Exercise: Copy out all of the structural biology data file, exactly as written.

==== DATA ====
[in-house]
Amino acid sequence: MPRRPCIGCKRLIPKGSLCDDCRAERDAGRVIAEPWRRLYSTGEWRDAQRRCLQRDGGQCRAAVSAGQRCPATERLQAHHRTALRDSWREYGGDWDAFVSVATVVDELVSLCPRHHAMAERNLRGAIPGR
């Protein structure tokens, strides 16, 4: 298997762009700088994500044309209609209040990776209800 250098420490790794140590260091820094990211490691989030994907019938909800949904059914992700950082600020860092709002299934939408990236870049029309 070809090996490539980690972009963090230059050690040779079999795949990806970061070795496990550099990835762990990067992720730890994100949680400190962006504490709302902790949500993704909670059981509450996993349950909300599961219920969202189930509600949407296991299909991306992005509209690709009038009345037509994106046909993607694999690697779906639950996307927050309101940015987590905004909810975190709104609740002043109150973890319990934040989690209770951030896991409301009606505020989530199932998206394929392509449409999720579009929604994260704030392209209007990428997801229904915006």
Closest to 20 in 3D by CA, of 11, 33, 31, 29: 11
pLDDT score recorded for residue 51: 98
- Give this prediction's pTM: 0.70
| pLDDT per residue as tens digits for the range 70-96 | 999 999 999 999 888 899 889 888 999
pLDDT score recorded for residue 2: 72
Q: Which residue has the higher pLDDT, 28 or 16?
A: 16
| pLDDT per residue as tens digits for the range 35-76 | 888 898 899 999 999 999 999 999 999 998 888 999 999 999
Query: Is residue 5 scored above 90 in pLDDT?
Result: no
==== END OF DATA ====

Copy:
[in-house]
Amino acid sequence: MPRRPCIGCKRLIPKGSLCDDCRAERDAGRVIAEPWRRLYSTGEWRDAQRRCLQRDGGQCRAAVSAGQRCPATERLQAHHRTALRDSWREYGGDWDAFVSVATVVDELVSLCPRHHAMAERNLRGAIPGR
């Protein structure tokens, strides 16, 4: 298997762009700088994500044309209609209040990776209800 250098420490790794140590260091820094990211490691989030994907019938909800949904059914992700950082600020860092709002299934939408990236870049029309 070809090996490539980690972009963090230059050690040779079999795949990806970061070795496990550099990835762990990067992720730890994100949680400190962006504490709302902790949500993704909670059981509450996993349950909300599961219920969202189930509600949407296991299909991306992005509209690709009038009345037509994106046909993607694999690697779906639950996307927050309101940015987590905004909810975190709104609740002043109150973890319990934040989690209770951030896991409301009606505020989530199932998206394929392509449409999720579009929604994260704030392209209007990428997801229904915006």
Closest to 20 in 3D by CA, of 11, 33, 31, 29: 11
pLDDT score recorded for residue 51: 98
- Give this prediction's pTM: 0.70
| pLDDT per residue as tens digits for the range 70-96 | 999 999 999 999 888 899 889 888 999
pLDDT score recorded for residue 2: 72
Q: Which residue has the higher pLDDT, 28 or 16?
A: 16
| pLDDT per residue as tens digits for the range 35-76 | 888 898 899 999 999 999 999 999 999 998 888 999 999 999
Query: Is residue 5 scored above 90 in pLDDT?
Result: no